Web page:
If you are interested in faith ministry but not in pastoring a church, you might consider becoming a hospital chaplain.
These professionals assume many duties working with staff, patients and families at times of stress. What kind of education do you need to become a chaplain?
The Chaplain's Role
To answer the question of what education is needed, you should look at the duties of a chaplain.
First, chaplains act as faith counselors. People of faith often react differently to illness than do others and counseling them requires someone of like faith, or at least someone familiar with the part faith plays in dealing with illness and death.
Many denominations allow people without formal training to pastor churches, but they probably could not get positions as professional chaplains. State regulations also do not require persons who call themselves counselors to have specific training. A minimum of a bachelor's degree is usually required, however, to become a professional hospital chaplain. These people visit patients who are dealing with heavy issues and a knowledge of psychology is needed to understand their reactions.
Chaplains also help the families of patients deal with their loved one's illness and, sometimes, impending death. Chaplains usually hold office hours and counsel hospital staff members as well. They lead religious services within the facility and often officiate at funerals.
The Chaplain's Training
So, with those duties in mind, it is easy to see why hospitals, nursing homes and rehabilitation centers would require chaplains to have formal education.
The denomination from which the chaplain comes may have some requirements as well. Most healthcare facilities require professional chaplains to have a minimum of a bachelor's degree. Ordination is usually not required, according to Learn.com, unless the chaplaincy is at a church-affiliated hospital or nursing home.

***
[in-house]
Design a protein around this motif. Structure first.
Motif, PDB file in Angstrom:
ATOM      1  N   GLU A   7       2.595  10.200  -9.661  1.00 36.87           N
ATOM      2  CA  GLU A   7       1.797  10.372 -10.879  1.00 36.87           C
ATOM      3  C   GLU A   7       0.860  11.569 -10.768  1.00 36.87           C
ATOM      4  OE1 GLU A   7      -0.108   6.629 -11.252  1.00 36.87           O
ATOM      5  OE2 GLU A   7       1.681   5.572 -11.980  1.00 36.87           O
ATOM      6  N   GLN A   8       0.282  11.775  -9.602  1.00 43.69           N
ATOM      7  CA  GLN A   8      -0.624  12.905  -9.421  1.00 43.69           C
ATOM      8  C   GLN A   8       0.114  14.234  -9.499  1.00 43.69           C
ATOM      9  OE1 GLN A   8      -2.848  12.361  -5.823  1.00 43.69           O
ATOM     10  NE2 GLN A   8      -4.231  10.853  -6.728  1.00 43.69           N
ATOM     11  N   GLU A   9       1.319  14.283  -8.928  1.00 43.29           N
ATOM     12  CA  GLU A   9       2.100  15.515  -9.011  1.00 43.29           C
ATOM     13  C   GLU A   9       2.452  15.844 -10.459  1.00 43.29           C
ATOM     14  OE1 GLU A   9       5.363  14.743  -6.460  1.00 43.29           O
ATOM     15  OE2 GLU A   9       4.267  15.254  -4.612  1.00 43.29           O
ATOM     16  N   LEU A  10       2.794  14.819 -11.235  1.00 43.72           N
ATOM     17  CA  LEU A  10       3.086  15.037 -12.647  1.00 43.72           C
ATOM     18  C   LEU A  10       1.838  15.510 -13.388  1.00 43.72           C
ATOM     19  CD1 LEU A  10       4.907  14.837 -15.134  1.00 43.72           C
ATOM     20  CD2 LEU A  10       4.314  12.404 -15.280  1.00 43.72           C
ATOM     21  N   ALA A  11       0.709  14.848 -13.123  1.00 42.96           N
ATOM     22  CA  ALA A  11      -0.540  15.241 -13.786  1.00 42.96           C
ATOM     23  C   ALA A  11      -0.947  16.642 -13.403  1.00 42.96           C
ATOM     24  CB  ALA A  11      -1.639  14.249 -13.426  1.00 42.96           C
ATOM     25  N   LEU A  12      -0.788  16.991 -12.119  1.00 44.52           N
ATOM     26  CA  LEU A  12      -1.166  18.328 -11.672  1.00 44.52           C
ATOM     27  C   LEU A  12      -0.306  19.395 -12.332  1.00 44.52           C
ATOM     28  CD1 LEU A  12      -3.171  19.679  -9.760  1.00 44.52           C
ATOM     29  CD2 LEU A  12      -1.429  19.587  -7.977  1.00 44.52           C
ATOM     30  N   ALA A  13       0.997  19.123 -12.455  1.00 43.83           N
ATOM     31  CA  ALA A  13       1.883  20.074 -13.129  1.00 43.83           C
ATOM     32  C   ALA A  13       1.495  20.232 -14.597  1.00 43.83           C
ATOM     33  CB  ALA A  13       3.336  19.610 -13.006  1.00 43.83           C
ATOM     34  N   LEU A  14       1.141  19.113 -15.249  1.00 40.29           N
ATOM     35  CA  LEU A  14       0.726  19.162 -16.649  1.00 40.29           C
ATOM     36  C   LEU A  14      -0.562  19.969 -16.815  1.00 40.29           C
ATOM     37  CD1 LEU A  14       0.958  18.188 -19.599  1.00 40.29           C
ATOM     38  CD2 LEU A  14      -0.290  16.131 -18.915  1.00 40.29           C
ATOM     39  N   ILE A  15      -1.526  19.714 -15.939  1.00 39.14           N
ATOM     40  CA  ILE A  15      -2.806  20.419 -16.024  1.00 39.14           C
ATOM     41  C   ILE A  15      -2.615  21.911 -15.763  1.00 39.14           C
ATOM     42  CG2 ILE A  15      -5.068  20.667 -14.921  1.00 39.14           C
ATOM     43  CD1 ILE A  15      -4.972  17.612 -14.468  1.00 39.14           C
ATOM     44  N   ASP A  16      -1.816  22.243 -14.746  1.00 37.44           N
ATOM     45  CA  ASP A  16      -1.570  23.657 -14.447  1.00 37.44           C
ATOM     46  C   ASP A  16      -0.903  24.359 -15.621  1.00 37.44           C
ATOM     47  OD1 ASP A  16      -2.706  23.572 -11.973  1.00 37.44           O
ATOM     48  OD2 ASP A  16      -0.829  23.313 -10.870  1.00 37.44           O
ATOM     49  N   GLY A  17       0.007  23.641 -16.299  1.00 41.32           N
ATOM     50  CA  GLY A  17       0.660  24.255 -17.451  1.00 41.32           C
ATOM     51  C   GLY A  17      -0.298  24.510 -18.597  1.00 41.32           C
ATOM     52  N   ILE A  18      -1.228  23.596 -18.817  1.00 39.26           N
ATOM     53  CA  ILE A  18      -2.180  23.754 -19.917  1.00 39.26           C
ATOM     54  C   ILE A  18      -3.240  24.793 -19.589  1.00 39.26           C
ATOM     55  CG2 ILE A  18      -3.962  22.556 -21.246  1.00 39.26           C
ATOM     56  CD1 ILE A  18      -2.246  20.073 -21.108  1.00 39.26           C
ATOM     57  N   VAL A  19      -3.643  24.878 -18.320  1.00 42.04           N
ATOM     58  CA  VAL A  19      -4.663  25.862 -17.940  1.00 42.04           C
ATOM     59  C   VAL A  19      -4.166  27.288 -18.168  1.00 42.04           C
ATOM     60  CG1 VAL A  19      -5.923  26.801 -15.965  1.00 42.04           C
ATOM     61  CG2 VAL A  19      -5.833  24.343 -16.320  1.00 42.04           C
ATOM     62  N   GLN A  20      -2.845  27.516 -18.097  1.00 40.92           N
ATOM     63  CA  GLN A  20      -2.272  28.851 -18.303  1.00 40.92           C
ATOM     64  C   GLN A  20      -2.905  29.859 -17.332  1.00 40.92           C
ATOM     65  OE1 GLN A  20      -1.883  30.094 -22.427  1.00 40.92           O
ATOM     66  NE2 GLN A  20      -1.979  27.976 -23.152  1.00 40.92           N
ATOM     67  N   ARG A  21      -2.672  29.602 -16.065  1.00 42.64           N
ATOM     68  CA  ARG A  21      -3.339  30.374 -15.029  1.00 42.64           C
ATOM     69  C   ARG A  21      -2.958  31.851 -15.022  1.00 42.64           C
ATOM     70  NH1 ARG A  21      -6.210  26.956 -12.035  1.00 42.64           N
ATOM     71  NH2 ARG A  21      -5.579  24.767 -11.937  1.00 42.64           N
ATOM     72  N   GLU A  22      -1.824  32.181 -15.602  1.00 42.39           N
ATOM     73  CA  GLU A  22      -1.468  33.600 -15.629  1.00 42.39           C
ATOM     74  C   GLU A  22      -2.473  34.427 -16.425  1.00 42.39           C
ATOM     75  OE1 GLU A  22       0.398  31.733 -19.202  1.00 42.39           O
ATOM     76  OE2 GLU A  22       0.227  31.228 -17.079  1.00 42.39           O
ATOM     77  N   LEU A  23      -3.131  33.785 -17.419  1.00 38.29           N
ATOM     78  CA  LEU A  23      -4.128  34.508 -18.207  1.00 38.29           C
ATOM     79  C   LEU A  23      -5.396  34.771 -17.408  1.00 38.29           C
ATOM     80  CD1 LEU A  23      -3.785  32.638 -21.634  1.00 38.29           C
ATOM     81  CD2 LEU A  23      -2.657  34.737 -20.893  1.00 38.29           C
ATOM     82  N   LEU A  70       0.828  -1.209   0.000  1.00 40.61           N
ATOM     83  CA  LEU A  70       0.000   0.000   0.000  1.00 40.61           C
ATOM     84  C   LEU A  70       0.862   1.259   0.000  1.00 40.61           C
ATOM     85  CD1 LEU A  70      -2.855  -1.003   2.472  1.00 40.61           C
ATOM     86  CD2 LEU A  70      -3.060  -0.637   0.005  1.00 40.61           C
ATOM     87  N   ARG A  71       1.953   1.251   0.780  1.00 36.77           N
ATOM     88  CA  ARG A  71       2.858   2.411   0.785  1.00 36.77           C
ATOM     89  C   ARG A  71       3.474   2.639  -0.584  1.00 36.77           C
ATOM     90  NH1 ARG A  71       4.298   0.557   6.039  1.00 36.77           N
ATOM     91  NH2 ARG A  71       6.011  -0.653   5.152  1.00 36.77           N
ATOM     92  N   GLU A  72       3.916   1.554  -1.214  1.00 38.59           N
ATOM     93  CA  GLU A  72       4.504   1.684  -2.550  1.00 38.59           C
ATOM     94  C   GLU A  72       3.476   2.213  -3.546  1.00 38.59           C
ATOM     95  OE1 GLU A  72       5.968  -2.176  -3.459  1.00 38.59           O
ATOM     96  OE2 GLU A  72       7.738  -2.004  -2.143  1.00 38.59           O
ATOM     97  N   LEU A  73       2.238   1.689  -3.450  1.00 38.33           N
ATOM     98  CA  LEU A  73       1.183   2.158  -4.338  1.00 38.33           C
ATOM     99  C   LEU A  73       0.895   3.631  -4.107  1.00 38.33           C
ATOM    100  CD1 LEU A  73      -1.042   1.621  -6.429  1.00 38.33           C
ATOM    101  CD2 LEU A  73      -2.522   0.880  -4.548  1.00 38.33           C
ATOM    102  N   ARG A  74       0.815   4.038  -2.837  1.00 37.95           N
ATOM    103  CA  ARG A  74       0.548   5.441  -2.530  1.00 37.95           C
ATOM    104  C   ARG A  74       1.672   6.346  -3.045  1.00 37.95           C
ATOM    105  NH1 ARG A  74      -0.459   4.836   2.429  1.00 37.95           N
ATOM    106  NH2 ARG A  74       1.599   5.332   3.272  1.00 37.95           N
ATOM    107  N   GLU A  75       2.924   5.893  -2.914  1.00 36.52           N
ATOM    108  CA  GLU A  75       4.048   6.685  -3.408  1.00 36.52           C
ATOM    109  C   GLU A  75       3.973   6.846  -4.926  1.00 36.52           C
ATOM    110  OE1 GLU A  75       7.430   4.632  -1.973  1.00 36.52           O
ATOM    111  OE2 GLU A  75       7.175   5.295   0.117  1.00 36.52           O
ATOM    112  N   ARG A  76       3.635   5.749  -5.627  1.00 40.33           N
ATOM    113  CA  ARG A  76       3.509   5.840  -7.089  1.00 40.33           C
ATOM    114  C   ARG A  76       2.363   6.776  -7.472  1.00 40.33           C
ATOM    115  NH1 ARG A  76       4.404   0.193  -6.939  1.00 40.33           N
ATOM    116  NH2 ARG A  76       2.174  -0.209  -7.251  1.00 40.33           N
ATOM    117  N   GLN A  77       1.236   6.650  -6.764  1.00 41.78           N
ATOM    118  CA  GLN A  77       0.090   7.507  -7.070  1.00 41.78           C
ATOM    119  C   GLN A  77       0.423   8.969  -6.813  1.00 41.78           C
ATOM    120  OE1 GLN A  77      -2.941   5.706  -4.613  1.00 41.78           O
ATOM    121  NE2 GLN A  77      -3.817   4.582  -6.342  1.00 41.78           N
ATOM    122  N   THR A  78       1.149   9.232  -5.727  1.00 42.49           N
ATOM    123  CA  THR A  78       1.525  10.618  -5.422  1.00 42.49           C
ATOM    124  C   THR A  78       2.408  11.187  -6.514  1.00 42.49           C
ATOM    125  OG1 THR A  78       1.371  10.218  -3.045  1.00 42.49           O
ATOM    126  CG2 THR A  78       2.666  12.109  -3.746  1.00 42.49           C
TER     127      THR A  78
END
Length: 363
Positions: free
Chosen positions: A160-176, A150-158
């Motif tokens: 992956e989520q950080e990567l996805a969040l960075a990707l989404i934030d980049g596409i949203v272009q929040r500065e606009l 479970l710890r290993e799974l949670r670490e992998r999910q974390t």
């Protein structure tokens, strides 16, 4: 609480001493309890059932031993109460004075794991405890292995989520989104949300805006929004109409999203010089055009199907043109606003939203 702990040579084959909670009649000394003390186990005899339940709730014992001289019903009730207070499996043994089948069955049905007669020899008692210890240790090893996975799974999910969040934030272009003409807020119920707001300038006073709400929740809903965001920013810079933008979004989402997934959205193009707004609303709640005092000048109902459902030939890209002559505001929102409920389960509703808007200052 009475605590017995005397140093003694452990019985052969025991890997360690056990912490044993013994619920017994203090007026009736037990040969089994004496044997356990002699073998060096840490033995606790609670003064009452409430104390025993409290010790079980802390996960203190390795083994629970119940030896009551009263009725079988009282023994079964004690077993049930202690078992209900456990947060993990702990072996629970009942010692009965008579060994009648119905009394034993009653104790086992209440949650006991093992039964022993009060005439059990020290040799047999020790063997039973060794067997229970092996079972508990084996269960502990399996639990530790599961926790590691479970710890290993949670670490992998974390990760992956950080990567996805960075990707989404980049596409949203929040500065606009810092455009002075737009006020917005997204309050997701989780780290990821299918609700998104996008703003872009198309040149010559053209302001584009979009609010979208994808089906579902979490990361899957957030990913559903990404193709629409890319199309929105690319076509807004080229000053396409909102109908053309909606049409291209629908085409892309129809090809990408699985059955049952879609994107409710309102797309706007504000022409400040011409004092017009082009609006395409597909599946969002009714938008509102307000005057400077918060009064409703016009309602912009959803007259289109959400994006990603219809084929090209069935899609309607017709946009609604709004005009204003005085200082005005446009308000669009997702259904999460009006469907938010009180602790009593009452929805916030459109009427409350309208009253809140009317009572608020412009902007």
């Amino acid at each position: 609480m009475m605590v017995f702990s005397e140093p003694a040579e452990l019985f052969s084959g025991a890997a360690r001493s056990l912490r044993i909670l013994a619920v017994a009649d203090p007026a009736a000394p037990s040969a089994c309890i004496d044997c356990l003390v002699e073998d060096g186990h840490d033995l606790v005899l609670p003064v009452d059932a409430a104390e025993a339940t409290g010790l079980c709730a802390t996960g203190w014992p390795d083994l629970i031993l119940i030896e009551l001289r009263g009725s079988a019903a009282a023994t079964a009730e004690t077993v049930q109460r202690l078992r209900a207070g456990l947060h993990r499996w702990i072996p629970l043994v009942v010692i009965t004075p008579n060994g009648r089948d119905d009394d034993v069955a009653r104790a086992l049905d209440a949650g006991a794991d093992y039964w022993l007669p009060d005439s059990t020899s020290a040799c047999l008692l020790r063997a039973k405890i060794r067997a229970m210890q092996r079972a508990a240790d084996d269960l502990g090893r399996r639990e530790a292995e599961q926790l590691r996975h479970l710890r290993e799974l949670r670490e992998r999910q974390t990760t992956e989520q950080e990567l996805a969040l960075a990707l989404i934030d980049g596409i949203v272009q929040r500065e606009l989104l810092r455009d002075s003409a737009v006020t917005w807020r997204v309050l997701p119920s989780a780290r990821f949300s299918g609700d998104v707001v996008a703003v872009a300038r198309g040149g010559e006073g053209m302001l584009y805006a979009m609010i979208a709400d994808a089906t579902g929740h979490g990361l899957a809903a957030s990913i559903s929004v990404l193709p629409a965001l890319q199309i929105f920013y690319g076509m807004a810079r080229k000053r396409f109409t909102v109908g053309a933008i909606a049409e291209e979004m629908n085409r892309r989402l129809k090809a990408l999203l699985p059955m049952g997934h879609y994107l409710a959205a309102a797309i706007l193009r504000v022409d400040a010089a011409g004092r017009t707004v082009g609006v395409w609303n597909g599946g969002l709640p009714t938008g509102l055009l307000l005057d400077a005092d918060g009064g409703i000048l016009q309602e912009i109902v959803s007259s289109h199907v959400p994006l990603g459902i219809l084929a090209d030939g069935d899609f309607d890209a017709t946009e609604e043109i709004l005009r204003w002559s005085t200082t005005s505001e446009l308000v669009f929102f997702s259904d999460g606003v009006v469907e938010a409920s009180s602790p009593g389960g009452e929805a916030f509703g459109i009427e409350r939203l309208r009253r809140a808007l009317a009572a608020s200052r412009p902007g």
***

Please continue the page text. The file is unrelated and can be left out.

You might get your counseling degree from a secular university, but you will need theology and ministry courses as well. Military chaplains have master's degrees and must undergo basic training just as would any service person.
After getting their degrees, chaplains should seek certification. This ensures a standard of proficiency. The largest chaplain certification organization in the United States is the Association of Professional Chaplains.
You will need to pursue graduate-level coursework called Clinical Pastoral Education, which is usually four, three month terms, and then serve a residency. The denomination with which you are affiliated may have other requisites as well.
Job Outlook and Salary
The projected job growth for clergy of all types is ten percent, which is lower than the average job growth in the United States. The highest mean salary is for those chaplains employed by home health agencies, followed by those employed by general surgical hospitals. Those salaries are $49,560 and $49, 430 respectively. (Source: http://www.bls.gov/oes/current/oes212011.htm)
Military chaplains are officers and their pay depends upon experience and years of duty, but with non-cash benefits and bonuses, these professionals could earn up to $99,000 annually.
If you have a desire to help people and serve God, a job as a chaplain may be the career for you. Working in a healthcare facility will mean you assist people at times of high stress. A college degree and certification are the starting point, but your own personality and desire will determine your success at becoming a hospital chaplain.